I barely noticed as my direct social interactions began to diminish and it took the better part of two decades to fully unfurl.

In the aftermath of 2016 Global Politipocalpyse, I am always asking, "What can I do to be more responsible, connected to my community and realistic about the extent of my potential impact?"

And the hard truth seems to keep coming, that people very rarely choose to spend unstructured, consistent time with each other over days, weeks or years unless there is a requirement to do so.

We want to be able to chose how and with whom and what we spend our time doing. With all the technology around me, I can do exactly that. I don't have to negotiate with a real human over when we will leave or what we will do when together...I can just google the thing I want and find the place it's at. I can construct a world that I control with the push of a button. It's so much cleaner, faster and less painful.

But still, I can't shake the nostalgia for having to work out differences with real people because they were neighbors or classmates or friends or just, well, people. There is an exchange that happens when we pull our brains into the present moment and ask them to respond to an unfolding situation with very tangible outcomes. Where we can't just hit the mute button but we actually have to say, "When you yell at me and shake your fists I feel scared because I think you don't care about my safety."

We suddenly become more fully engaged when we can't just google something or buy it on Amazon. We begin to see, taste, hear, smell and feel how our presence interacts with the world around us.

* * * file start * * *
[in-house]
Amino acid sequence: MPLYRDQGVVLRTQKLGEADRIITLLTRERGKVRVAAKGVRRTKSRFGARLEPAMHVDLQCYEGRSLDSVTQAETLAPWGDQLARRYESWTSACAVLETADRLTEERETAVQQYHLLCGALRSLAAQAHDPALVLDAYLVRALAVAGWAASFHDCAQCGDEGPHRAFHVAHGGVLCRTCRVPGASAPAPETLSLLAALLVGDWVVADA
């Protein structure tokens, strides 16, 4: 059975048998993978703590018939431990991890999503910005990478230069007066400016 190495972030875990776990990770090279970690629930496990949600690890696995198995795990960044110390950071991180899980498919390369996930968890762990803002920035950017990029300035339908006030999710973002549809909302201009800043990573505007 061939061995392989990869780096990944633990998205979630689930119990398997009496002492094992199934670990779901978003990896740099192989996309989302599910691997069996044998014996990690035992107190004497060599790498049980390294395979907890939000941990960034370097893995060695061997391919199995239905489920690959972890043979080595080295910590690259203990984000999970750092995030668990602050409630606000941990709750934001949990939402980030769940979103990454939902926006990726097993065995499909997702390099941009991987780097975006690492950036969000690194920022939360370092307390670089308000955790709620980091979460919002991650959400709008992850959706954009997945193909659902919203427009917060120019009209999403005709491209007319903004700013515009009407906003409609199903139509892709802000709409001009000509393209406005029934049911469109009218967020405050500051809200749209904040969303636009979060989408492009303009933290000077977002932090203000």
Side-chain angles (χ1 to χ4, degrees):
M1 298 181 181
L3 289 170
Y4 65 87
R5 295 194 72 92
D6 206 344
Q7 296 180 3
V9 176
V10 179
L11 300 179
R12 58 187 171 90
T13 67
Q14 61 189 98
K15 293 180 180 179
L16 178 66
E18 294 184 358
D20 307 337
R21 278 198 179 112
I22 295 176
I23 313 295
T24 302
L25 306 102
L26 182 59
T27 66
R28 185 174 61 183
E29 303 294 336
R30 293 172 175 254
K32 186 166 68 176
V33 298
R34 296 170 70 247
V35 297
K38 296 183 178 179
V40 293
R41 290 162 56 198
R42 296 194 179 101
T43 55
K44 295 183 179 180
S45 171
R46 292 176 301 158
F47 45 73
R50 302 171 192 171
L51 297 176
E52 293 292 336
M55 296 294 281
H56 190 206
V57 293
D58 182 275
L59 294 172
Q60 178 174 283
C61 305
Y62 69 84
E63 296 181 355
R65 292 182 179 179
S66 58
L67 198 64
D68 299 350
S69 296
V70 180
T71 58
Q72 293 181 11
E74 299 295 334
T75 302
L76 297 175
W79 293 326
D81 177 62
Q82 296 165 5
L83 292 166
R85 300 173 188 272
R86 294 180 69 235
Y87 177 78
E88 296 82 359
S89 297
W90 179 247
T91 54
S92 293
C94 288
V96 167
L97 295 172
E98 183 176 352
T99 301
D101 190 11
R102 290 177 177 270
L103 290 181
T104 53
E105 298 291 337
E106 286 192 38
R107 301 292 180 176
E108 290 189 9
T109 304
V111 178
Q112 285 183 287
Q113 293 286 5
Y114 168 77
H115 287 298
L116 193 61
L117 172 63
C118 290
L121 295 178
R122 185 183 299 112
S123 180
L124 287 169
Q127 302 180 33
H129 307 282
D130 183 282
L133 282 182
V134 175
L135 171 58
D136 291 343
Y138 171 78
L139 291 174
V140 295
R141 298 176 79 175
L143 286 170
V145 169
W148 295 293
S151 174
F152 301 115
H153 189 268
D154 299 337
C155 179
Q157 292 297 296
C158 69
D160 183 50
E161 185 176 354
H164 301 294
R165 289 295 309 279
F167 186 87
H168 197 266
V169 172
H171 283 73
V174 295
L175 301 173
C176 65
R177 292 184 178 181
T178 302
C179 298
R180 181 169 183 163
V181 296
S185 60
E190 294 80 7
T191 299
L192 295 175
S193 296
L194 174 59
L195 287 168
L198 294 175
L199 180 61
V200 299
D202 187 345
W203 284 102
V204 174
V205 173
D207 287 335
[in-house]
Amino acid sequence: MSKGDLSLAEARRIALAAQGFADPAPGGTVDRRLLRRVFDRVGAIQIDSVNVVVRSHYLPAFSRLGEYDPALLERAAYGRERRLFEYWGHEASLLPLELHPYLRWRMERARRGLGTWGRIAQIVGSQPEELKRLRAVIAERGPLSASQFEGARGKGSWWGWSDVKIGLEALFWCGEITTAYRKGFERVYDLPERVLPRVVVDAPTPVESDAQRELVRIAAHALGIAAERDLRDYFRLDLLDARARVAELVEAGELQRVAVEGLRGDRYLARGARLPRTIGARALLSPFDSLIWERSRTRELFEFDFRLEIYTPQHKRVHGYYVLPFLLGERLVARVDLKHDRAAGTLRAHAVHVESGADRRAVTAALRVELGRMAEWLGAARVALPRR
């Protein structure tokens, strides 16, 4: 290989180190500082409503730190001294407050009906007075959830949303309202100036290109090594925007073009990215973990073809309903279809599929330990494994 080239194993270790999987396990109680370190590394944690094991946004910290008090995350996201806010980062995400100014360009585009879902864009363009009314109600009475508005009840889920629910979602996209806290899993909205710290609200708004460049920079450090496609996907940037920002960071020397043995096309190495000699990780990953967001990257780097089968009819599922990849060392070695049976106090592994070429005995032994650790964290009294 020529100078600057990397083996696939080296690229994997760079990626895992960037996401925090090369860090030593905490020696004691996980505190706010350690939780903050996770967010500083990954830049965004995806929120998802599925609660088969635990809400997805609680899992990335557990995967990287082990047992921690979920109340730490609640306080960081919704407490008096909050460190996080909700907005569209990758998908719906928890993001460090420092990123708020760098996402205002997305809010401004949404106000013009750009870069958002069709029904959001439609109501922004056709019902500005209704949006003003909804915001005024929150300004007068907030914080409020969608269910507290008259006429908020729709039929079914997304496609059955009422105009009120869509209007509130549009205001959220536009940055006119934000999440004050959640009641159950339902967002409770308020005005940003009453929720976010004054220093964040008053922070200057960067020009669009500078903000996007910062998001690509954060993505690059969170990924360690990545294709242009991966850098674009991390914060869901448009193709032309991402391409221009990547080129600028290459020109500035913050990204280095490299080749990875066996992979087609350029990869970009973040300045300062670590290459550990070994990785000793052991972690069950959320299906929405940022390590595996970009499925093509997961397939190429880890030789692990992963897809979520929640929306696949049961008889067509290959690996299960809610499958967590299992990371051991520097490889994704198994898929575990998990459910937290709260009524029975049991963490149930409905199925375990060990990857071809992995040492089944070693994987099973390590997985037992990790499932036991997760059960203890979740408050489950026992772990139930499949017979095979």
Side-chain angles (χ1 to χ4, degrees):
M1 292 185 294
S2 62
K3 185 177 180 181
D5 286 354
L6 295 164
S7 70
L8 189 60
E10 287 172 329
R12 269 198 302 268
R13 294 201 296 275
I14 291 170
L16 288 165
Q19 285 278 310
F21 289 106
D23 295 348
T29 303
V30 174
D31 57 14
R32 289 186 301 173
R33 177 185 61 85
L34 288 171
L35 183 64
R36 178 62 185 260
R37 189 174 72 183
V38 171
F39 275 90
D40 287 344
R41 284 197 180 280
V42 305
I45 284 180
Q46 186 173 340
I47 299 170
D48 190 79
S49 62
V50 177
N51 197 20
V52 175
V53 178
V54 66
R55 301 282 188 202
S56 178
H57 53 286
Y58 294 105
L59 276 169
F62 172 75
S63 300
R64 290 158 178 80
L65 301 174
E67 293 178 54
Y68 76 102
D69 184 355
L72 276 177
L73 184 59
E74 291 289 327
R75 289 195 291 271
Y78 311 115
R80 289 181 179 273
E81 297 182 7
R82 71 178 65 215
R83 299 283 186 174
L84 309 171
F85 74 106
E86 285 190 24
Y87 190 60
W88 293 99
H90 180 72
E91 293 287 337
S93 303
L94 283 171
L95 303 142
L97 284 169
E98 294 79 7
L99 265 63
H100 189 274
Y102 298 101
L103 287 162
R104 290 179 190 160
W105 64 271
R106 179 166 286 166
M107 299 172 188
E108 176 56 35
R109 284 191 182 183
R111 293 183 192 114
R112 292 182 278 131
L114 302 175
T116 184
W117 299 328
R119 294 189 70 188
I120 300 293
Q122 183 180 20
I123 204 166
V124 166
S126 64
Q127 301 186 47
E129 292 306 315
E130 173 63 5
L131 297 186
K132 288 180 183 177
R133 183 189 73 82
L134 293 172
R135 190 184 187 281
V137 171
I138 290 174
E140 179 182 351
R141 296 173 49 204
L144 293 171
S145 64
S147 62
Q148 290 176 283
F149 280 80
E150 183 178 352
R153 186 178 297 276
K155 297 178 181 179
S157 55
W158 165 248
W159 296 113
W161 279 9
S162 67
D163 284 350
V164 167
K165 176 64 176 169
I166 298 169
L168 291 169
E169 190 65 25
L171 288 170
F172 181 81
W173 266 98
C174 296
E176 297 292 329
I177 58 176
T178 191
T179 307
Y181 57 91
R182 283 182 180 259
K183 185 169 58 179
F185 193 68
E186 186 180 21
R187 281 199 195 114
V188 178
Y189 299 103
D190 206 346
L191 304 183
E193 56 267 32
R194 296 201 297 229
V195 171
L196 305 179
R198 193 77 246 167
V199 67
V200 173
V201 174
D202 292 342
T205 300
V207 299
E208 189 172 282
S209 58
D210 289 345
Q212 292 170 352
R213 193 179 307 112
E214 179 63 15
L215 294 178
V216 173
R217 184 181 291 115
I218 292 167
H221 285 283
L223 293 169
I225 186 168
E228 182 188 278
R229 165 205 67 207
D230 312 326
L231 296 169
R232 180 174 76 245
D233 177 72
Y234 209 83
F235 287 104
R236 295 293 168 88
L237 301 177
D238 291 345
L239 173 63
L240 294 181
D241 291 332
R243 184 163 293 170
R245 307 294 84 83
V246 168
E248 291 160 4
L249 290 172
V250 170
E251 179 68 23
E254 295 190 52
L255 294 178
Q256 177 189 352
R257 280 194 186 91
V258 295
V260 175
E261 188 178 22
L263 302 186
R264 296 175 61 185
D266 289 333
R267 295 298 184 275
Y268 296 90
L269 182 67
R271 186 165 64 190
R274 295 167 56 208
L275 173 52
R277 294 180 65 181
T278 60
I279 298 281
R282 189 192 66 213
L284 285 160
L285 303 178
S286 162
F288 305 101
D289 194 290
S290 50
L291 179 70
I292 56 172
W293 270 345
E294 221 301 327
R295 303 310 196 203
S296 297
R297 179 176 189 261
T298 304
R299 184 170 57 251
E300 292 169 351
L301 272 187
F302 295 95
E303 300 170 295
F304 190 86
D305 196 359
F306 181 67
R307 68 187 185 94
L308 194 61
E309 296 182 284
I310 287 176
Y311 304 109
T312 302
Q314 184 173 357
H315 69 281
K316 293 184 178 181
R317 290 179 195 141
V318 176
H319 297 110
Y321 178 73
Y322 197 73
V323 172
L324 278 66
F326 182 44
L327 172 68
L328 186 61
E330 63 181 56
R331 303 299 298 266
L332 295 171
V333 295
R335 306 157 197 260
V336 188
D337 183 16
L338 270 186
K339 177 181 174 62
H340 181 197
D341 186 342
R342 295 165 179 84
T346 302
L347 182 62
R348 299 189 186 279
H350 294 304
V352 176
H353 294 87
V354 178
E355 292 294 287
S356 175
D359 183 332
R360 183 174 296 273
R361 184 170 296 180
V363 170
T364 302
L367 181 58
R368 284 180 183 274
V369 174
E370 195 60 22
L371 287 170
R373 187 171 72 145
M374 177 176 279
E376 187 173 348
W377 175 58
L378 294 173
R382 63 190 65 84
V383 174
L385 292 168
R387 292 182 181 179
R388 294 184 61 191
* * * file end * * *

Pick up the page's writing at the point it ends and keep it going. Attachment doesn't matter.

And maybe this makes us think abit more before we say the first thing that comes to mind. Maybe it causes us to feel like we are part of a social fabric that notices what we do and responds. Maybe it helps us be able to speak our truth before we get to the place that guns become extensions of our self-created world of virtual utopia.

I may be completely wrong here, but I'm willing to risk it. I'm coming back to the proverbial, and maybe literal, town square. I'm putting my cell phone down. And shutting my computer more often. I'm picking up more books and lifting my gaze to look around at the world that supports me and asks me to participate.

What do you think about this?





Comments

  1. So true. And beautifully put. For myself, every time I stop to consider the health and soundness of my daily habits... the one major problem that keeps standing out is "too much internet"! So I agree, let's try to meet again and more often at the town square.

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  2. I agree completely. Whilst the Internet and Facebook are viable ways to stay connected over great distances, it is vital to our society that we engage in meaningful and direct dialogue. Perhaps had more people redirected their attention to real news and talked with each other more, our current political events would have had a different outcome.